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Stable-isotope (H, O, and Si) evidence for seasonal variations in hydrology and Si cycling from modern waters in the Nile Basin: implications for interpreting the Quaternary record

Cockerton, H.E.; Street-Perrott, F.A.; Leng, M.J.; Barker, P.A.; Horstwood, M.S.A.; Pashley, V.. 2013 Stable-isotope (H, O, and Si) evidence for seasonal variations in hydrology and Si cycling from modern waters in the Nile Basin: implications for interpreting the Quaternary record [in special issue: International Association of Limnogeology – Isotopes and Lakes] Quaternary Science Reviews, 66. 4-21. 10.1016/j.quascirev.2012.12.005

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Abstract/Summary

Seasonal variations in hydrology and Si cycling in the Nile Basin were investigated using stable-isotope (H, O, and Si) compositions and dissolved Si (DSi) concentrations of surface waters, as a basis for interpreting lacustrine diatom sequences. δ18O ranged from −4.7 to +8.0‰ in the wet season and +0.6 to +8.8‰ in the dry season (through 2009–2011). Higher δ18O values during the dry season reflected increased evapotranspiration and open water evaporation under conditions of lower humidity. Progressive downstream enrichment in the heavy isotope 18O also occurred in response to cumulative evaporative losses from open water bodies and swamps. δ30Si values of DSi ranged from +0.48 to +3.45‰ during the wet season and +1.54 to +4.66‰ during the dry season, increasing the previously reported global upper limit for δ30Si values in natural waters by 1‰. Si-isotope fractionation was most intense during the dry season when demand for DSi by aquatic ecosystems exceeded supply. Progressive downstream enrichment in the heavy isotope 30Si, coupled with decreasing DSi concentrations, represented cumulative Si uptake by diatoms, macrophytes and other Si-accumulating aquatic organisms. The pronounced seasonal variations in DSi concentrations and Si-isotope compositions in the River Nile suggest that its DSi flux to the ocean may have varied significantly on a glacial/interglacial time scale, with important consequences for the marine Si budget and consequently the global C cycle. Anthropogenic impacts were evident in both the water- and Si-isotope datasets, especially during the dry season and along the Main Nile, where water management is most intensive.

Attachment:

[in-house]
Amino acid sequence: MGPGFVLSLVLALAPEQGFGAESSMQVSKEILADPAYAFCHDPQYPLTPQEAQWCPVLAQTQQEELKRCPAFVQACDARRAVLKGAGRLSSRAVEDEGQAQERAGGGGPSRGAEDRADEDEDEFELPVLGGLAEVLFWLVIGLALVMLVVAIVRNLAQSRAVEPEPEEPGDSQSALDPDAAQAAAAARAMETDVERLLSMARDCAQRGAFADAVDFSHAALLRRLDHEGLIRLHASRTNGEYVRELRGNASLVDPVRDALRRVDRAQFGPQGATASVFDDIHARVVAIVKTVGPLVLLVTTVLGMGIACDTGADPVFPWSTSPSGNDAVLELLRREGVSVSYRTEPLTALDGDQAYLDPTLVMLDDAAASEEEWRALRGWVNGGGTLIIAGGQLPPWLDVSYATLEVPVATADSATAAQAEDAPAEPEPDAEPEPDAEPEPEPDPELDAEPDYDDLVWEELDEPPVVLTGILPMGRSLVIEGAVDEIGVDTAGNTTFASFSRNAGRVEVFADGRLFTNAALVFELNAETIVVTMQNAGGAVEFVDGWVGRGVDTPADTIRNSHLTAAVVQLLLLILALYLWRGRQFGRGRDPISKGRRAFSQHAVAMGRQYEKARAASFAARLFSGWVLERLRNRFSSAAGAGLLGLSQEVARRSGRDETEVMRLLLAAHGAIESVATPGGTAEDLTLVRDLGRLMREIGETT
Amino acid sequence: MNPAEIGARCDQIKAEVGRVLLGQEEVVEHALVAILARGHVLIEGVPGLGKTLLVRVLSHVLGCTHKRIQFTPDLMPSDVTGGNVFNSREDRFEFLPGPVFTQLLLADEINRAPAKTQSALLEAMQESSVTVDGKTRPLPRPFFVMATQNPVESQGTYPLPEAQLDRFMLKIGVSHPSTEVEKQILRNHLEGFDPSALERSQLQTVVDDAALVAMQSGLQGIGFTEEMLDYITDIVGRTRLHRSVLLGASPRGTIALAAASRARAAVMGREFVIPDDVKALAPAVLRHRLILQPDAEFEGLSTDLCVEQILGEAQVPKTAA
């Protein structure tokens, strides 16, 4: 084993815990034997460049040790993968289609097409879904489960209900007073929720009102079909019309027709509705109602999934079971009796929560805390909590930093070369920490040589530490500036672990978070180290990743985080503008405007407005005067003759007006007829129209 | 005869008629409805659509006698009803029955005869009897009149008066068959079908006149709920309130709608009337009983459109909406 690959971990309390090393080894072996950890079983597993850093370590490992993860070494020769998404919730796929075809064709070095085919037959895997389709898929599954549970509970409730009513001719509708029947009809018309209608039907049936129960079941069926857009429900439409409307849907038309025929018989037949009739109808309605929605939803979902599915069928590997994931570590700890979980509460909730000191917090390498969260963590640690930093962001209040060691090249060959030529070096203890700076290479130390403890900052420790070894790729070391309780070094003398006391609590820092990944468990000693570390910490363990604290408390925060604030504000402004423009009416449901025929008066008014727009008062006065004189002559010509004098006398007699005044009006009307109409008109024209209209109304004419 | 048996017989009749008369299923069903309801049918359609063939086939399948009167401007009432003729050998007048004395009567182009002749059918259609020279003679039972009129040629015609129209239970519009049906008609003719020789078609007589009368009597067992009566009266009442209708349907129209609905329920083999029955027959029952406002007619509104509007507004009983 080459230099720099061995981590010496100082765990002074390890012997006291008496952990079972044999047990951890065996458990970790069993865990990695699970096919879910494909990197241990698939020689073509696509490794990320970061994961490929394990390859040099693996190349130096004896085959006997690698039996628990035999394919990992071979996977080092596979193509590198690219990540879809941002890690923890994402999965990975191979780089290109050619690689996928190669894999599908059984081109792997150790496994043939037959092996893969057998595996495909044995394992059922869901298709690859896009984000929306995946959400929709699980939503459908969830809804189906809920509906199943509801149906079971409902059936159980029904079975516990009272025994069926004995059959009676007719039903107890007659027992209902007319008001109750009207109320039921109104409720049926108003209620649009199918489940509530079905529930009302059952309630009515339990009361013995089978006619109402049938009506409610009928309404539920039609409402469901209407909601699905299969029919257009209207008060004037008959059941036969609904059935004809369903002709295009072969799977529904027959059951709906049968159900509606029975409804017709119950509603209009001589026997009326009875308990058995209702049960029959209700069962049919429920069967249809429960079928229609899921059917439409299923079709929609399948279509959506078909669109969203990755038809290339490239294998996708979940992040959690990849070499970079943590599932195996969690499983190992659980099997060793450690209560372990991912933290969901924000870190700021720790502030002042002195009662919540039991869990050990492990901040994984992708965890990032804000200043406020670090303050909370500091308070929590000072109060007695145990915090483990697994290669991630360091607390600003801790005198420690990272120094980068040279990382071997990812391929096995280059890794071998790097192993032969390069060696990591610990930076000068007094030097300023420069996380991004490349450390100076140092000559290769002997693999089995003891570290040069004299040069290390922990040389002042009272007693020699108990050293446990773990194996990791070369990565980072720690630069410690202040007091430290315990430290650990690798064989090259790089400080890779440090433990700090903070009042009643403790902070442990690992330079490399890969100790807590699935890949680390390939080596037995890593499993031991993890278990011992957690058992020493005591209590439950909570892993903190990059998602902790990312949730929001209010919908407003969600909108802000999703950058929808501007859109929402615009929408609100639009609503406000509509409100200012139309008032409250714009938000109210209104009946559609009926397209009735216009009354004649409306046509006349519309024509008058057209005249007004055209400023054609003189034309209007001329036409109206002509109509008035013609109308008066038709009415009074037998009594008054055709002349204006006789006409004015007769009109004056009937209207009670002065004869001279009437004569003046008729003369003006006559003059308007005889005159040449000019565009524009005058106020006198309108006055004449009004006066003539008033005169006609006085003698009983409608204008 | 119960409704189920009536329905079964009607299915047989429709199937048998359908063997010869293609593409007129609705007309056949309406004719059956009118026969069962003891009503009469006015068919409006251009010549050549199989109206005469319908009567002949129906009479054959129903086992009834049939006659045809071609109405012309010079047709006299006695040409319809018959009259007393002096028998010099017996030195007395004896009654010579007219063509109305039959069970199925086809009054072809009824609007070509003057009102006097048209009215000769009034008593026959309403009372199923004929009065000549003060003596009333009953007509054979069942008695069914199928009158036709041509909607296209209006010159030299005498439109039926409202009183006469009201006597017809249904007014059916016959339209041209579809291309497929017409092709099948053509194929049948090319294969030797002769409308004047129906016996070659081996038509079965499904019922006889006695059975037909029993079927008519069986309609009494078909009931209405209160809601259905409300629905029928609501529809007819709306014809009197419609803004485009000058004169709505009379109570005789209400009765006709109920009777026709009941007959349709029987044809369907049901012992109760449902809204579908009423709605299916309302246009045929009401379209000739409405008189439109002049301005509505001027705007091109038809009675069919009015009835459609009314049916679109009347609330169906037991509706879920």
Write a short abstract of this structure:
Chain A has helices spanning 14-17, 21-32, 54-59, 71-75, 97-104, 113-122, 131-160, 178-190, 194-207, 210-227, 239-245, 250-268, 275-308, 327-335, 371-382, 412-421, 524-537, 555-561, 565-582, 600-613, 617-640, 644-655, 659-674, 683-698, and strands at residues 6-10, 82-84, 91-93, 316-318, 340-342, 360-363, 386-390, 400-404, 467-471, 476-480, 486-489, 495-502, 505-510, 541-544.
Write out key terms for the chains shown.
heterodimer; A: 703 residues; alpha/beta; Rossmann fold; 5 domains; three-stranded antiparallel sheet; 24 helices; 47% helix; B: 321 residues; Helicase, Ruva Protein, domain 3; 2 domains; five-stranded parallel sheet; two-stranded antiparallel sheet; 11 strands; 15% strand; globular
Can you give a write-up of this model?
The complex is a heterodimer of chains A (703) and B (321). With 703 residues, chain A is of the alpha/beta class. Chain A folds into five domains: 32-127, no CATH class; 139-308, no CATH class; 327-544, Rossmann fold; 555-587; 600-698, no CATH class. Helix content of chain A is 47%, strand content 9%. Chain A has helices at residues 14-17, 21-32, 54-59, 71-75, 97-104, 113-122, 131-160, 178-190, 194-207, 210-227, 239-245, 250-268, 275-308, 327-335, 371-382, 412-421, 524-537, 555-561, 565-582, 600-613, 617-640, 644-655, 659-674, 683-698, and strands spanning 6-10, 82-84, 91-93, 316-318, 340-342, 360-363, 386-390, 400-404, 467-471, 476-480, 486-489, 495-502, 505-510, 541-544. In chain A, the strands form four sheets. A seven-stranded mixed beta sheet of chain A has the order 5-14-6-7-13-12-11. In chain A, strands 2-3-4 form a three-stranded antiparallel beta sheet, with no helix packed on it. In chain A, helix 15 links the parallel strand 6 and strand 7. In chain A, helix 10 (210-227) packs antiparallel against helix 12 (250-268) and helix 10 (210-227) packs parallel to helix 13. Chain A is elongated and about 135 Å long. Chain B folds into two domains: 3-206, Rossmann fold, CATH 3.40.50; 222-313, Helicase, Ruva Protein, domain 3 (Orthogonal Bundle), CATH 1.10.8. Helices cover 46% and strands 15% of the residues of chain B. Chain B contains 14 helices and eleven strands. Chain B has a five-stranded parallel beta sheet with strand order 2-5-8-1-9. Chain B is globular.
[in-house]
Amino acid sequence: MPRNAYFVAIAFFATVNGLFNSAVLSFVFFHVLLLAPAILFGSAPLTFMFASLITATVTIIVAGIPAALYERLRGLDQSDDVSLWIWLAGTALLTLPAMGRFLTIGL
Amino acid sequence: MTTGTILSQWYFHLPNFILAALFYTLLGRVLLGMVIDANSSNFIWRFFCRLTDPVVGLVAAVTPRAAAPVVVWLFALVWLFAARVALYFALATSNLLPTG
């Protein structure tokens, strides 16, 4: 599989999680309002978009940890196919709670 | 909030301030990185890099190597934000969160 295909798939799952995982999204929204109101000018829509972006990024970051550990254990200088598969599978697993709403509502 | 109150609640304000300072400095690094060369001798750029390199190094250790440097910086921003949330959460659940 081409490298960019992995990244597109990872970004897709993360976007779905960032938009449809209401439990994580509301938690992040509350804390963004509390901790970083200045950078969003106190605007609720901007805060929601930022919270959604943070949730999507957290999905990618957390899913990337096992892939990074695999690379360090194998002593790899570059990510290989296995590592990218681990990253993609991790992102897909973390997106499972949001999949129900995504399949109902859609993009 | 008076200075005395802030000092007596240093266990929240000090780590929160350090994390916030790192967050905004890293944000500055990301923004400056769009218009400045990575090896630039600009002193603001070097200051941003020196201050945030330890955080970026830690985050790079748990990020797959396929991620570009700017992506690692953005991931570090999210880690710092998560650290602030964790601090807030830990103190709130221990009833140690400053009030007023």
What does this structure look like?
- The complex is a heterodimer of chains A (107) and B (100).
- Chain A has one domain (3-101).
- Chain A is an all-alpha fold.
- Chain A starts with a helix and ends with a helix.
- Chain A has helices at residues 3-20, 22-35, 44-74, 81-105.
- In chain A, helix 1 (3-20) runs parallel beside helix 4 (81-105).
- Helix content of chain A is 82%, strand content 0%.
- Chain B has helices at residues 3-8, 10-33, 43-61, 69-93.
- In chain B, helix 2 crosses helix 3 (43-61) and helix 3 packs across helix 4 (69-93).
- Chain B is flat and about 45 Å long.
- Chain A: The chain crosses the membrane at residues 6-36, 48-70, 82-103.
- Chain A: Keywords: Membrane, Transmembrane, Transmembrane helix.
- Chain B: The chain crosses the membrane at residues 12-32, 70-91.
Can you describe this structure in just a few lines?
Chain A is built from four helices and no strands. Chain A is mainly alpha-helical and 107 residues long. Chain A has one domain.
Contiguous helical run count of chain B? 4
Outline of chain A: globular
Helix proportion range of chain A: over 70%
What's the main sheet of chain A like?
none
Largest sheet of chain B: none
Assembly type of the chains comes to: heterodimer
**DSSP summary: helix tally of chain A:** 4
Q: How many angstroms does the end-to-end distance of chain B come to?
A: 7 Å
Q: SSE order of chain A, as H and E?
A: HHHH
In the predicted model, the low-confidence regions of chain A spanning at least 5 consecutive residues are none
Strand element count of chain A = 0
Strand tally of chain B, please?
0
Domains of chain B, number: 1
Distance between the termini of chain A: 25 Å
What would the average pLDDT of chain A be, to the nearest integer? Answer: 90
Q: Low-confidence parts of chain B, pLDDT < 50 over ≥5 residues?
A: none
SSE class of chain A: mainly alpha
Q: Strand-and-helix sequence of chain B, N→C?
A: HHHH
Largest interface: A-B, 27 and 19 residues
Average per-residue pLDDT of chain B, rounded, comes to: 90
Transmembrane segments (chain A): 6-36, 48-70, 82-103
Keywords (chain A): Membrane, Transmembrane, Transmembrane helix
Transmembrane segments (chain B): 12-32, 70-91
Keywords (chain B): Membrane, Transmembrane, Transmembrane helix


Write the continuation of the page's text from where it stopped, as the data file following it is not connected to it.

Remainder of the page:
Item Type: Publication - Article
Digital Object Identifier (DOI): 10.1016/j.quascirev.2012.12.005
ISSN: 02773791
Date made live: 11 Oct 2013 13:08 +0 (UTC)
URI: http://nora.nerc.ac.uk/id/eprint/503474

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